Few things anger the federal government more than success. Love ’em or hate ’em, Martha Stewart, Microsoft, and now, Southwest Airlines, all can sing a new version of the old saw: Build a better mousetrap and the world will beat a path to your door … and the feds will be right behind.
Recently, Southwest drew the ire of the IRS, which declined to allow deductions for the cost of the Rapid Rewards program from 1992 through 1995, and demanded $357,135 in back taxes.
In a notice of deficiency issued Dec. 31, the agency said that the $1.77 million cost of running the Rapid Rewards program in those three years could not be deducted.
The IRS disallowed the deduction because Southwest’s accounting methods failed to “satisfy the ‘all-events’ test” required by the Internal Revenue Code.
Southwest, which estimates the cost of a reward ticket at about $10 for the period in question, debits that amount on its passenger revenue account and credits its air traffic liability account when the ticket is issued. Once the flight is taken, the process is reversed.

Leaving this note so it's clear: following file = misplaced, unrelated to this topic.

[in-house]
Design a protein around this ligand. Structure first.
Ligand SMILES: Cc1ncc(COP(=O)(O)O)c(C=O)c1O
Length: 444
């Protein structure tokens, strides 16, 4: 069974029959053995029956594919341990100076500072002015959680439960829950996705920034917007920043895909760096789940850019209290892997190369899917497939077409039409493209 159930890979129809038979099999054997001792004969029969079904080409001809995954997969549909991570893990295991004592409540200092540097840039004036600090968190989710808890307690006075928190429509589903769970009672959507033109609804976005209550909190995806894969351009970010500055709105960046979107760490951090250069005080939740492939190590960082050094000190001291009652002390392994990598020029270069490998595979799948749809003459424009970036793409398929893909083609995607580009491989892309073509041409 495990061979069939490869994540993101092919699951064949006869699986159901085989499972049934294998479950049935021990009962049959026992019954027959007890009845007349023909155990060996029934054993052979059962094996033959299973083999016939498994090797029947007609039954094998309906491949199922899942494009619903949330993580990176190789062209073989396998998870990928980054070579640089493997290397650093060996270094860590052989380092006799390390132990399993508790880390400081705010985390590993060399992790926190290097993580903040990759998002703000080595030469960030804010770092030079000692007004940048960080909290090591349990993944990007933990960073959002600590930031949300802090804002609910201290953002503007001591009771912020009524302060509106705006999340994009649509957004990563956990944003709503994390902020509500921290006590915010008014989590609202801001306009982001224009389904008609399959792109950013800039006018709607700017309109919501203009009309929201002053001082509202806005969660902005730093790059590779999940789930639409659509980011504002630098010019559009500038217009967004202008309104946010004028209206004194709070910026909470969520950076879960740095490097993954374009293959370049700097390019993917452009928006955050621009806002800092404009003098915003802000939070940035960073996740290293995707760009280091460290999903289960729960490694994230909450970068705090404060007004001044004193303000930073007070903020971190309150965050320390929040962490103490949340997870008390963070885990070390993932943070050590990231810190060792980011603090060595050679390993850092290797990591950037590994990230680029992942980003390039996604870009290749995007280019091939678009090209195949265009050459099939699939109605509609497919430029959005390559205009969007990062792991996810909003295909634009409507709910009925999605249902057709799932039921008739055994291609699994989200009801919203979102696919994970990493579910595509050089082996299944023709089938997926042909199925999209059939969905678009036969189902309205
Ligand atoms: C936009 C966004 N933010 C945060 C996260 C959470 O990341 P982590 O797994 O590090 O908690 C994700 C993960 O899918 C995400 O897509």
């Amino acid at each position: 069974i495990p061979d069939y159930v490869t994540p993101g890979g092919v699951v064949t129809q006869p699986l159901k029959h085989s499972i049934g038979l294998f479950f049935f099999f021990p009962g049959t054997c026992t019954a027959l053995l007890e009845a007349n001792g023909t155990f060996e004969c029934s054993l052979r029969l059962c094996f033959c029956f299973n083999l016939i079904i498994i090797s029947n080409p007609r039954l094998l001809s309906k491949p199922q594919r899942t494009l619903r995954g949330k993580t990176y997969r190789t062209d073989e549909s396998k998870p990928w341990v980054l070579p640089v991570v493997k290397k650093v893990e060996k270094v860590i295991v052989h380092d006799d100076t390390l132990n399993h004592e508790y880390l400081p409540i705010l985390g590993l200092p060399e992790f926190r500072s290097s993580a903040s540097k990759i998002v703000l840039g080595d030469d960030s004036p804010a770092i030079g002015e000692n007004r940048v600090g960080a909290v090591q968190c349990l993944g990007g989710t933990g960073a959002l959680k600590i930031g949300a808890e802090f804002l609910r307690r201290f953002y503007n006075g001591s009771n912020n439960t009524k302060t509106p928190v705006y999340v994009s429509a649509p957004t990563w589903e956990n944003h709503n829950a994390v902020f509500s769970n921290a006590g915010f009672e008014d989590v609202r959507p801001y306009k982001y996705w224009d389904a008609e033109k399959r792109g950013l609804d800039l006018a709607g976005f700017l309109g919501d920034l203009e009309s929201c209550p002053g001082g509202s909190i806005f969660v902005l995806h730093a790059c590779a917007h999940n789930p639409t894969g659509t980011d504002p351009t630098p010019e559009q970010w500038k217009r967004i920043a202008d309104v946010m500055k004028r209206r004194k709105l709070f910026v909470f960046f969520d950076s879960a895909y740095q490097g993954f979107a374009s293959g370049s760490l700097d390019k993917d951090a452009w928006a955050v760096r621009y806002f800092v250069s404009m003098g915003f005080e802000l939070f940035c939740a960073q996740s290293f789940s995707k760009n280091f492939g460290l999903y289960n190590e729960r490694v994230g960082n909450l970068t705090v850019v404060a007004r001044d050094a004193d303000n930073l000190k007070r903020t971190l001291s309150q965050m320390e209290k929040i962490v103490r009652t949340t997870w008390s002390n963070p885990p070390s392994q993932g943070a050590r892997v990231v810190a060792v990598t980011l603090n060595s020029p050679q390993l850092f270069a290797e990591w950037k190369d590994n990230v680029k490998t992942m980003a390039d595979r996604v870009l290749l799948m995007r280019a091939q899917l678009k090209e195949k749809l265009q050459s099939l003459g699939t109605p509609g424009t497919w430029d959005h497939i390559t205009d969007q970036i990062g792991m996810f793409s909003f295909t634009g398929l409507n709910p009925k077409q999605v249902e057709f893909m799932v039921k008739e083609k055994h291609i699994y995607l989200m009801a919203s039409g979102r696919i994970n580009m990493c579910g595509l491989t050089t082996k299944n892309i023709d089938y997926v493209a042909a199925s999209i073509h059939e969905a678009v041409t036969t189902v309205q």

As a result, the company’s income (at least in the eyes of the IRS) increased to $57.2 million in 1992, $124.6 million in 1993, and $190.2 million in 1994.
The company filed a petition in U.S. Tax Court in April asking that the order be overturned.
A spokesperson for the airline declined to comment, as company policy prohibits the discussion of pending litigation.
The total back tax bill represents about .1 percent of Southwest’s income for that three -year period.
At the same time the government is demanding this less than sizeable amount, it has, over the past two years, doled out approximately $5 billion in cash to the airline industry. Southwest, though it has become the fourth largest airline in the country, received about $300 million of that aid — the seventh-smallest pay-out.